for erik, re: angles of approach, aka the bigger-than-burningman convo i wasn’t sure how to begin as we walked home across the UCSD campus with much in our arms and minds and hearts

Sunday, September 30th, 2007

because perhaps an online record should begin, no? considering we both aspire to full disclosure? ;)

other folks, please feel free to toss in any change your pockets care to share.

an excerpt from prometheus rising, by robert anton wilson, which i finally finished this morning after a multi-month hiatus:

Intelligence is the capacity to receive, decode, and transmit information efficiently. Stupidity is blockage of this process at any point. Bigotry, ideologies etc. block the ability to receive; robotic reality tunnels block the ability to decode or integrate new signals; censorship blocks transmission.
If intelligence could be increased, obviously solutions could be found more quickly to the various Doomsday scenarios threatening us.
If each scientist working on the energy-resources problem could double or triple his or her intelligence, work that would require 20 years might be done in six.
If human stupidity in general decreased, there would be less opposition to original thinking and new approaches to our old problems, less censorship and less bigotry.
If stupidity decreased, less money would be wasted on vast organized imbecilities such as the Arms Race, and more would be available for life enhancing projects.
There is nothing rationally desirable that cannot be achieved sooner if rationality itself increases. This is virtually a tautology, but we must consider the corollary:
Work to achieve Intelligence Intensification is work to achieve all our other sane and worthwhile goals.
Maurice Nicholl, physician, psychiatrist, student of Jung, Gurdjieff and Esoteric Christianity, wrote that “the only purpose in work on consciousness is to decrease the amount of violence in the world.” This is Public Health Problem Number One in the nuclear age, the age of overkill.
We are not talking about mere increase in linear IQ – third-circuit semantic cleverness. We are talking of also the kinds of right-brain intelligence that Nicholl acquired from Jungian neurogenetic research and Gurdjieff’s meta-programming techniques. We are talking of, say, Beethoven’s intelligence, which so disturbed Lenin, who could not bear to listen to the Appassionata (Sonata 23) because it made him “want to weep and pat people on the head, and we mustn’t pat them on the head, we must hit them on the head, hit them hard, and make them obey.” More of Beethoven’s intelligence is needed, desperately, to create a signal that the current Lenins cannot ignore, that will make them weep, and stop hitting heads.

this time, we’ll build a better town

Sunday, September 30th, 2007

that’s what i really meant to say.

miyazaki is the best there is.

they say heresy, i say “here, see!”

Monday, November 27th, 2006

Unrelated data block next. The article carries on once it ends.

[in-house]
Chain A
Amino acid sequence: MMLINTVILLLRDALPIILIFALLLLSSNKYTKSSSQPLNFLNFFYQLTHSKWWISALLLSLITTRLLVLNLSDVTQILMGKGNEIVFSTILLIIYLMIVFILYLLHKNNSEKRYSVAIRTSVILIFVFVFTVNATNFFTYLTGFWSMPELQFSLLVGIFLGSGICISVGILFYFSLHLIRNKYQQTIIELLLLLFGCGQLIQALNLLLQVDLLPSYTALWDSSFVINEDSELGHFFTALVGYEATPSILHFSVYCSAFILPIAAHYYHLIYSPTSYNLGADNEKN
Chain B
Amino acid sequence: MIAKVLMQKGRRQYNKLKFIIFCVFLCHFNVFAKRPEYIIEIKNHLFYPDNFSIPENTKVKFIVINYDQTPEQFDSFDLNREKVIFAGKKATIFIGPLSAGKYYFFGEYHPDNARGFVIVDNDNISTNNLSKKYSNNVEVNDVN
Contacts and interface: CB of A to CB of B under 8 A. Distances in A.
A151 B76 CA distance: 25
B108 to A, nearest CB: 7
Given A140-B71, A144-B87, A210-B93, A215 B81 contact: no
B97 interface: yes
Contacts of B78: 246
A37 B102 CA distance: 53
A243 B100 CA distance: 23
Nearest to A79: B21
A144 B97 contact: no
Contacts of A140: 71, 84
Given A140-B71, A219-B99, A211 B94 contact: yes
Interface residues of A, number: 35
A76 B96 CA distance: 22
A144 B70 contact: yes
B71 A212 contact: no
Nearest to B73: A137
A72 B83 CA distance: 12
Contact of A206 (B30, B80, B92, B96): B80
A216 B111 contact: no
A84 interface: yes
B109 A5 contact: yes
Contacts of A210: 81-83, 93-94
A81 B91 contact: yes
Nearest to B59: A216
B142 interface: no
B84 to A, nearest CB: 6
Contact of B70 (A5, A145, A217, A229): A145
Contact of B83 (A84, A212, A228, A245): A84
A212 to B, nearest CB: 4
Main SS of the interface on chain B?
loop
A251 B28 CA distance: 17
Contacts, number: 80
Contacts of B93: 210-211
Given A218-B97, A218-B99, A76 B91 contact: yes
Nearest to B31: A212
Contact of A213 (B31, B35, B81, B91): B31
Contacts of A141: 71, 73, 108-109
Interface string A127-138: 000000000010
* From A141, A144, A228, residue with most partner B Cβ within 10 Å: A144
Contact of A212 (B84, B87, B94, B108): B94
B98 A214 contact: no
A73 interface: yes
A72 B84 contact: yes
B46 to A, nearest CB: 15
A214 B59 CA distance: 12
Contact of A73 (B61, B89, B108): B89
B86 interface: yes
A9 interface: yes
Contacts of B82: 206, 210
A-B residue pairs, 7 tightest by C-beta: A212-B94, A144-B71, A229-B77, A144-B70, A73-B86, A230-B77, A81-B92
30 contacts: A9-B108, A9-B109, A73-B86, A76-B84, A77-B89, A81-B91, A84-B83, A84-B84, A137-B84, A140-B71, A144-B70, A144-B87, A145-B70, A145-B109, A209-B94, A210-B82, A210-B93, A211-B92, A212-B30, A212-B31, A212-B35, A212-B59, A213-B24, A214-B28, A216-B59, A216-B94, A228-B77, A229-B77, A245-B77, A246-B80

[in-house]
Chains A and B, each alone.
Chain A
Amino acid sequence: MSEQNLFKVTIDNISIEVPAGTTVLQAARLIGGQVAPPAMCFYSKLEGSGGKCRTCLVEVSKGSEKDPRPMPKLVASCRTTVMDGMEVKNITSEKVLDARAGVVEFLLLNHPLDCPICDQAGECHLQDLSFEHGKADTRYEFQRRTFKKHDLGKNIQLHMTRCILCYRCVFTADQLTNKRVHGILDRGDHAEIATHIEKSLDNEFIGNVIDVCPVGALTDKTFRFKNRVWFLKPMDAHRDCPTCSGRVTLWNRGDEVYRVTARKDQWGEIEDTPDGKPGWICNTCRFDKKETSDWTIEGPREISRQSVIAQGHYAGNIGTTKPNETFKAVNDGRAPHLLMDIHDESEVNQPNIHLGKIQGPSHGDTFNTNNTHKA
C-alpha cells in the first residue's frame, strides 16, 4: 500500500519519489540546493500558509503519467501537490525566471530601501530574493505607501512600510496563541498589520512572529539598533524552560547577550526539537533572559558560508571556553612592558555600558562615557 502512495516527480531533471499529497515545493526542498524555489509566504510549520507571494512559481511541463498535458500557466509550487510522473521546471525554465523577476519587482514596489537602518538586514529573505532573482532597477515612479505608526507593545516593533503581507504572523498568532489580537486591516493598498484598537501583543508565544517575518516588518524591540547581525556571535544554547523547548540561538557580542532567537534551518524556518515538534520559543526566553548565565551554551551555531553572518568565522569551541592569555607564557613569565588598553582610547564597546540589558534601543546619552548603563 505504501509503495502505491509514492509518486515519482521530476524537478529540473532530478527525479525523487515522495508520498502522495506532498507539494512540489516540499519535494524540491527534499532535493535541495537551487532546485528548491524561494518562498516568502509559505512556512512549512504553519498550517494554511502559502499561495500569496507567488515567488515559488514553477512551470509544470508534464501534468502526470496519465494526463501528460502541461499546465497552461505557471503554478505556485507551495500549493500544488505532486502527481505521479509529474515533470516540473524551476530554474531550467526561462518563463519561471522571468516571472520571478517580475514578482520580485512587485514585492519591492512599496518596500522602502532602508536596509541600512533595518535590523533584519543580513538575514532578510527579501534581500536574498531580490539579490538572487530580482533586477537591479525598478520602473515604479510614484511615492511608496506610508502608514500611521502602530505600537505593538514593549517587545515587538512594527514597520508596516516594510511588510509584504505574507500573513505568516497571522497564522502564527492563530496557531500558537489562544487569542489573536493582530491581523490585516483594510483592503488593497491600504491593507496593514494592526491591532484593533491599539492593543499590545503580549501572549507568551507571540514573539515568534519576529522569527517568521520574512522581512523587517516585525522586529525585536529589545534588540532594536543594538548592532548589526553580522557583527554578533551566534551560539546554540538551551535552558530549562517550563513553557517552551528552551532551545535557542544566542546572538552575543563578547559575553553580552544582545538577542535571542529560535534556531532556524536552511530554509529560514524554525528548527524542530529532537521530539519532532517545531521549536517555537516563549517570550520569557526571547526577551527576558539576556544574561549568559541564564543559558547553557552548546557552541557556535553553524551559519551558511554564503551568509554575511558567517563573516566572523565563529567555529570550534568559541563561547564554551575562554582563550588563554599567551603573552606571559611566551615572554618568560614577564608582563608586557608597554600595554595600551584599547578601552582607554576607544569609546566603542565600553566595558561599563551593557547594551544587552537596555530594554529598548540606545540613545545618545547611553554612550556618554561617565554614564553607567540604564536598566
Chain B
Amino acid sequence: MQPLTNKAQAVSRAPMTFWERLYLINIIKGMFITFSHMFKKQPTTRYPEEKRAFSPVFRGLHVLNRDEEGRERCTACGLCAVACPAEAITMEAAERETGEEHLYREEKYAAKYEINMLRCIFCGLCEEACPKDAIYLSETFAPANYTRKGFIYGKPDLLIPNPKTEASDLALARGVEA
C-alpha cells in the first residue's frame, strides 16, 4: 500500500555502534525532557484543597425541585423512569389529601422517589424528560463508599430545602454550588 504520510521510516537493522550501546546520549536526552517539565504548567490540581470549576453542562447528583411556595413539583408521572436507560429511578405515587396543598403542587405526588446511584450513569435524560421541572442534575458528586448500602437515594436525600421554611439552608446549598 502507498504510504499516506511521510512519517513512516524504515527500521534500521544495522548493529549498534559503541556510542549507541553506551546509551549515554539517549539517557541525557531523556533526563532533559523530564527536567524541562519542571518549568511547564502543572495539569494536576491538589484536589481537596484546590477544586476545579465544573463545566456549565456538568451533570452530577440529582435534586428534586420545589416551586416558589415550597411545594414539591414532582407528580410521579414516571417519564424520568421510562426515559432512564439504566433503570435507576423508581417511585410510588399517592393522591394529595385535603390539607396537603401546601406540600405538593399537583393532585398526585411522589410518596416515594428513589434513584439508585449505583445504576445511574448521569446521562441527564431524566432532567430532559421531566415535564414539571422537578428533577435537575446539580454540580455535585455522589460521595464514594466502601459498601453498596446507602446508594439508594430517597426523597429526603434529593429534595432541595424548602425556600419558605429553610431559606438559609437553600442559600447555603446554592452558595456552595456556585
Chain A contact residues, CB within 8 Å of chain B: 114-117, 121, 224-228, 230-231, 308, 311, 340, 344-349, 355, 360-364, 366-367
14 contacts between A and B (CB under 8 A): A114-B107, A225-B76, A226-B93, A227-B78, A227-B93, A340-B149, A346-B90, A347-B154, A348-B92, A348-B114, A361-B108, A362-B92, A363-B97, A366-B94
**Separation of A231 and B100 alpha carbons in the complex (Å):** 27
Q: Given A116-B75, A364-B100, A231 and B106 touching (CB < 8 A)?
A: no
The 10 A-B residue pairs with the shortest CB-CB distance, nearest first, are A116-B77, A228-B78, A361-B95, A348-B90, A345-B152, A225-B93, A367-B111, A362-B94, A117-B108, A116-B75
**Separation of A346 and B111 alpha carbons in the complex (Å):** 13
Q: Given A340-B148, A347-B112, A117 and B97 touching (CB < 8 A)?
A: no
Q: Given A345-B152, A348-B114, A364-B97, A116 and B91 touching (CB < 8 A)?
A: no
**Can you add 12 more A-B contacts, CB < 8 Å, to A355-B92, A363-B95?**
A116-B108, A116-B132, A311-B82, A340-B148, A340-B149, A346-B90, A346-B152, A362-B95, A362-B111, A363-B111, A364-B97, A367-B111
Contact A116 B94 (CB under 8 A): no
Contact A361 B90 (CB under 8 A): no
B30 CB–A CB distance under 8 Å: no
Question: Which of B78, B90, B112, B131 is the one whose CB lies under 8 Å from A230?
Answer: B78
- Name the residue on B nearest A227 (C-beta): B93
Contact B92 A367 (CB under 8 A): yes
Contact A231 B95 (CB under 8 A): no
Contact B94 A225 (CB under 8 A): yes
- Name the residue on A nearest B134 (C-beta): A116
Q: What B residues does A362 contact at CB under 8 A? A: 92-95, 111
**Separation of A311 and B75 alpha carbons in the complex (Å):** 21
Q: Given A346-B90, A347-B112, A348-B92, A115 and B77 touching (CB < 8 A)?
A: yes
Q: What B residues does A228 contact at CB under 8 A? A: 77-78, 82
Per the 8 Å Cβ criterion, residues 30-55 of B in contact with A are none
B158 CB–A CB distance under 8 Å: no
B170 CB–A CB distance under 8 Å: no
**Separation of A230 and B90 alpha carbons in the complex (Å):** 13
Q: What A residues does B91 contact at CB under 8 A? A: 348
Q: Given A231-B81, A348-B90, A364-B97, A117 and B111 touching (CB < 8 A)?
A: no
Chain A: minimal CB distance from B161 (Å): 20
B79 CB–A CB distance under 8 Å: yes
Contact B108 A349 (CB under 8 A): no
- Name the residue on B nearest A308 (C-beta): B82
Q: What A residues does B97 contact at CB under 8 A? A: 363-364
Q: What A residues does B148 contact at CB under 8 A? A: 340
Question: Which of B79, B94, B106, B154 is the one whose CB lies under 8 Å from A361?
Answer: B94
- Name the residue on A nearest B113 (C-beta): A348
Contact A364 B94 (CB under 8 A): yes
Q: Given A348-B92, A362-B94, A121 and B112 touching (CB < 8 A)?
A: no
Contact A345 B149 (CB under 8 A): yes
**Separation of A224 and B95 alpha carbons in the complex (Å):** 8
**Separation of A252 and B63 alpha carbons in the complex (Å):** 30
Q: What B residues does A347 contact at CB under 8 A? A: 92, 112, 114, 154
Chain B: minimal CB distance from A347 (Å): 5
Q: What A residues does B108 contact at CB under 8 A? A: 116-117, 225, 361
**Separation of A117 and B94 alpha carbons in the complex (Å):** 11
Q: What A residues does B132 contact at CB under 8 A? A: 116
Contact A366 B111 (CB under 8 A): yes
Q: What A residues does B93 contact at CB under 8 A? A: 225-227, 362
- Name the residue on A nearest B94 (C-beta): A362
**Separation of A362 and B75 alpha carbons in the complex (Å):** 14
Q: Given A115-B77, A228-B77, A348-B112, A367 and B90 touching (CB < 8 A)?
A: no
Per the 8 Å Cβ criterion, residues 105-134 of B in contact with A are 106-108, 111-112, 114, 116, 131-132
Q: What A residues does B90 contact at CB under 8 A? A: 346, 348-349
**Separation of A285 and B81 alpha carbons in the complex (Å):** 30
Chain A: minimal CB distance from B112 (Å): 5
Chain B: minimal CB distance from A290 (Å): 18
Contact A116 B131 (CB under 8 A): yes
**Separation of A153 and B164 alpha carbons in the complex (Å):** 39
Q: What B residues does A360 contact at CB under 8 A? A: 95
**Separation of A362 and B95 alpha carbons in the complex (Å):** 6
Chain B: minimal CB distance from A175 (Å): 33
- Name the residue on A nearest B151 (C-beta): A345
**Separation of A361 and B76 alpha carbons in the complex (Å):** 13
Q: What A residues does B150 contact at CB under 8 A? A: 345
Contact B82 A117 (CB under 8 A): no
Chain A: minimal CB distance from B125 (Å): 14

last week’s episode of this american life is phenomenal.

apparently it’s a year old, but i didn’t hear it the first time, so yeehaw podcasting. :)

it tells the story of a fundamentalist preacher named carlton pearson, who rose through the ranks of the charismatic movement and led a huge pentecostal church in tulsa, oklahoma that was one of the stars of the fundamentalist christian world.

then, a few years ago, he decided that he didn’t believe in hell anymore, which is a rather startling move for a pentecostal preacher.

he was the kind of guy who thought about things, though, especially when they seemed to be coming from god, and the more he thought about this one, the more he decided that, in fact, the damnation of the pure at heart simply because they didn’t know about christ was anathema to his understanding of god. he had a sort of epiphany where he saw hell not as something that god would ever do to his children, but rather as something that we create for ourselves by not believing in universal forgiveness.

these ideas ran counter to the very foundations of what he had been taught, but he knew that sometimes god had reasons for not revealing everything at once, so it just felt to him as if god was saying that people were ready to advance to the next level, like in mario 3, where suddenly in level 6 it makes sense to use that suit that lets mario turn into stone, but in level 3, where there’s a lot of water, that suit really didn’t make any sense, and actually it sucked hardcore because you just sank to the bottom and sat there like an idiot. but that didn’t mean that level 3 didn’t have it’s place or it’s own wonders. who doesn’t like that frog suit? people just work with what they’re given at the moment, mmm-k?

ok so that’s my analogy, not his, but maybe you get the idea.

anyway, he was used to preaching what felt true to him, so he started talking about changing the charismatic doctrine. he didn’t feel like he should leave the church, and at first, he was just met with disbelief. people did this awkward kind of throat-clearing “how’s the weather?” kind of song and dance because they didn’t Really want to believe that he was serious, and you know, maybe it would pass.

but eventually, his ideas went further and he began to say things like: if you think about it just a little bit, you realize that it’s the Spirit of the word that matters, and not necessarily a literal adherence to the translation that happened to make it into the king james.